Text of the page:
How much are those credits worth?
It depends on when you served. From 1957 through 1977, you are credited with $300 in additional earnings for each quarter in which you received active duty basic pay. From 1977 through 2001, for every $300 in active duty basic pay, you are credited with an additional $100 in earnings, up to a maximum of $1,200 a year.
What about health care in retirement?
Veterans with service-related disabilities are entitled to care at VA facilities. For veterans who have served at least 20 years in general, the military health care provider is TRICARE. At age 65, you migrate from Tricare to Medicare.
What about life insurance?
One of the things we ask veterans to consider is that if they opted for Veteran’s Group Life Insurance (VGLI) through the VA when they left the service and they’re now in good health, they might want to look at alternatives. The VGLI insurance can be expensive when you age. If you’re in good health, you can almost always do better than with VGLI.
Yes. A VA guarantee on a mortgage could help a veteran purchase a home in retirement. To receive this, a Vietnam veteran would have had to serve at least 90 days on active duty between August 4, 1964 and May 8, 1975. And families should know that a veteran may be allowed to be buried in a VA national cemetery.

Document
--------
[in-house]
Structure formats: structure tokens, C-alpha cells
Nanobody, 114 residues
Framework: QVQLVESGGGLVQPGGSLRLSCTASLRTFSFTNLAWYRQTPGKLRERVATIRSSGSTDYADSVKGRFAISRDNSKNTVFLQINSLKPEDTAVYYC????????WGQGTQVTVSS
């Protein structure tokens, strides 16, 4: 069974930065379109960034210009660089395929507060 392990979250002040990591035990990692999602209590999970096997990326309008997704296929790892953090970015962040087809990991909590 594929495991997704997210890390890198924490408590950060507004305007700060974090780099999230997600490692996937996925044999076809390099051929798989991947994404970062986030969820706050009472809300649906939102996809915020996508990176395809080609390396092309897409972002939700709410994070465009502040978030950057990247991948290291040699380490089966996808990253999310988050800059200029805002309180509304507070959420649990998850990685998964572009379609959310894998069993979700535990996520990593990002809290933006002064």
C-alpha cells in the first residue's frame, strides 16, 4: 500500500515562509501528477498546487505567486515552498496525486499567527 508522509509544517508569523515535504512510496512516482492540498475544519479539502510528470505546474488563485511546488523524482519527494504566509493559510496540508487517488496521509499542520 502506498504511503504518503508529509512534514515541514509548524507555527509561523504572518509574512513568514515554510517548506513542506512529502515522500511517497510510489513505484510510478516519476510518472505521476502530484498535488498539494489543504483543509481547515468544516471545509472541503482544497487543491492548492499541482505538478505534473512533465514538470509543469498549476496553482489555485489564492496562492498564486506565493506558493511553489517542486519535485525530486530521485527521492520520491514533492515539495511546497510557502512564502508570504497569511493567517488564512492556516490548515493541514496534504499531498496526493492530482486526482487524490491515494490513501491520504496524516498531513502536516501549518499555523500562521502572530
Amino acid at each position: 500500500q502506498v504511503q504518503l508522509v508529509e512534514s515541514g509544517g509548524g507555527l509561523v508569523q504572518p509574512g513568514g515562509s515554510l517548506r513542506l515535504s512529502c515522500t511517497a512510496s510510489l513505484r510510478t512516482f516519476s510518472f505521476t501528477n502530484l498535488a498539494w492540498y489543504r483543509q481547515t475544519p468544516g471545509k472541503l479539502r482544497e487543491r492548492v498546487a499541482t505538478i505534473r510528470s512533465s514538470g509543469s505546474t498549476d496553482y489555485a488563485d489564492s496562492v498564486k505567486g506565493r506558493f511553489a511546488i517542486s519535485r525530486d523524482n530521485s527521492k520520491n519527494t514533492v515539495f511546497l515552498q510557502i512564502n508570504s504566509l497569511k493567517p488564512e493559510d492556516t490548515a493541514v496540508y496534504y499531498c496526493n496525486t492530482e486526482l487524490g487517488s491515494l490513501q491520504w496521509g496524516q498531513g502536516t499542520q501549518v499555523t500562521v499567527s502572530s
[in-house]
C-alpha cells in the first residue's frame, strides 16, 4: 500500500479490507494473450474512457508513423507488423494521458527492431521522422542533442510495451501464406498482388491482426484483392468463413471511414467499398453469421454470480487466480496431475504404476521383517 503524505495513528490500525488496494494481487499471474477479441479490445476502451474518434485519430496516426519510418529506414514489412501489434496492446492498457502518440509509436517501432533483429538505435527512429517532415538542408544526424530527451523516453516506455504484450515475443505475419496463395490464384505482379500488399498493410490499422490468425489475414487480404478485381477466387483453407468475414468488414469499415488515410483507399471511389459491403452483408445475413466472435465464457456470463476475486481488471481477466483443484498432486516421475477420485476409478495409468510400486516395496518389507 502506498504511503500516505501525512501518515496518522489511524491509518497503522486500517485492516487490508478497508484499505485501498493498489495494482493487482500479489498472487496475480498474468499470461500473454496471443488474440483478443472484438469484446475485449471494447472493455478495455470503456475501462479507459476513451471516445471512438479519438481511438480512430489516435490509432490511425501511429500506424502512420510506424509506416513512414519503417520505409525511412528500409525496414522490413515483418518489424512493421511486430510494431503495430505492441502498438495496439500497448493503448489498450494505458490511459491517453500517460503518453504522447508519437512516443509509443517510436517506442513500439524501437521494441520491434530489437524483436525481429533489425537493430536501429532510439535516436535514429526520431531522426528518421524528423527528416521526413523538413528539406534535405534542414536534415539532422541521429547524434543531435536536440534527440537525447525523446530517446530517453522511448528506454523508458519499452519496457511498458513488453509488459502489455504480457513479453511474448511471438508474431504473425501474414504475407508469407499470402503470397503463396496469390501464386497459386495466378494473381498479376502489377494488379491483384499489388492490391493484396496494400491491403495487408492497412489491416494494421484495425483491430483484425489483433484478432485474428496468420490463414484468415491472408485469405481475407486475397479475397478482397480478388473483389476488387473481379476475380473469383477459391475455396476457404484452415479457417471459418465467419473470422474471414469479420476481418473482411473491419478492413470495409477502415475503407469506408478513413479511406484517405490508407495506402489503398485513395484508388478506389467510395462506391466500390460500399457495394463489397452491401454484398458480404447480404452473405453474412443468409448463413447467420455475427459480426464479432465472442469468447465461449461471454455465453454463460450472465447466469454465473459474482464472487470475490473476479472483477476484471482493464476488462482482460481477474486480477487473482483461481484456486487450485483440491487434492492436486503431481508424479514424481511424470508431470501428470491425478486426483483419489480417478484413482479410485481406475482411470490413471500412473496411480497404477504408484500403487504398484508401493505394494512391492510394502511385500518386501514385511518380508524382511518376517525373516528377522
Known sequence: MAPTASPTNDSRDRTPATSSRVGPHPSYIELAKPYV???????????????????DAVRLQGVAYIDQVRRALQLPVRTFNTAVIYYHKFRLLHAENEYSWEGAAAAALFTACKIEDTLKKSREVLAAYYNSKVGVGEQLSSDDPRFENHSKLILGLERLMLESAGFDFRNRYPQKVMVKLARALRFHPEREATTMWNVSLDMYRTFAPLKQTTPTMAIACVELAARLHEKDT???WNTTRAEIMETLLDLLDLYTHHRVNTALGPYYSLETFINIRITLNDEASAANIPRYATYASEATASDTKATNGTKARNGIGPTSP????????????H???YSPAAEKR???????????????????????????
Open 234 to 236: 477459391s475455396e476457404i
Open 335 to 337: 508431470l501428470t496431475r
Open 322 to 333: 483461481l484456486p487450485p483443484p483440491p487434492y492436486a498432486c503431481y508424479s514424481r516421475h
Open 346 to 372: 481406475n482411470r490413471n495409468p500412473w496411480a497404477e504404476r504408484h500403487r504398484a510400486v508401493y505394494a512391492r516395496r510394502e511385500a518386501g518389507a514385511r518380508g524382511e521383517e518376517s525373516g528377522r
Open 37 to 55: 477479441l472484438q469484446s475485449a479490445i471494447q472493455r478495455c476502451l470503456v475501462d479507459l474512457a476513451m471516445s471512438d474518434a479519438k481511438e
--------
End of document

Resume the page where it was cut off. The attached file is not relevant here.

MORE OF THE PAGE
Don’t be afraid to seek out financial advice. We find that as you age, your finances become more complicated. We encourage veterans to seek out financial planners.
Some scammers target veterans, especially with predatory loans. What’s your advice on how to stay safe in retirement?
There is no shortage of scams targeting veterans. Be diligent. The VA will never call you and ask for your Social Security number. And anytime someone calls claiming to represent the VA or the Department of Defense, asking you for financial information, you should be very wary.
Next Avenue Editors Also Recommend:
- How Should We Curate Vietnam?
- The VA Program That Pays for Long-Term Care for Vets
- The Many Advantages of VA Loans
- A Timely Salute to the U.S. Marine Corps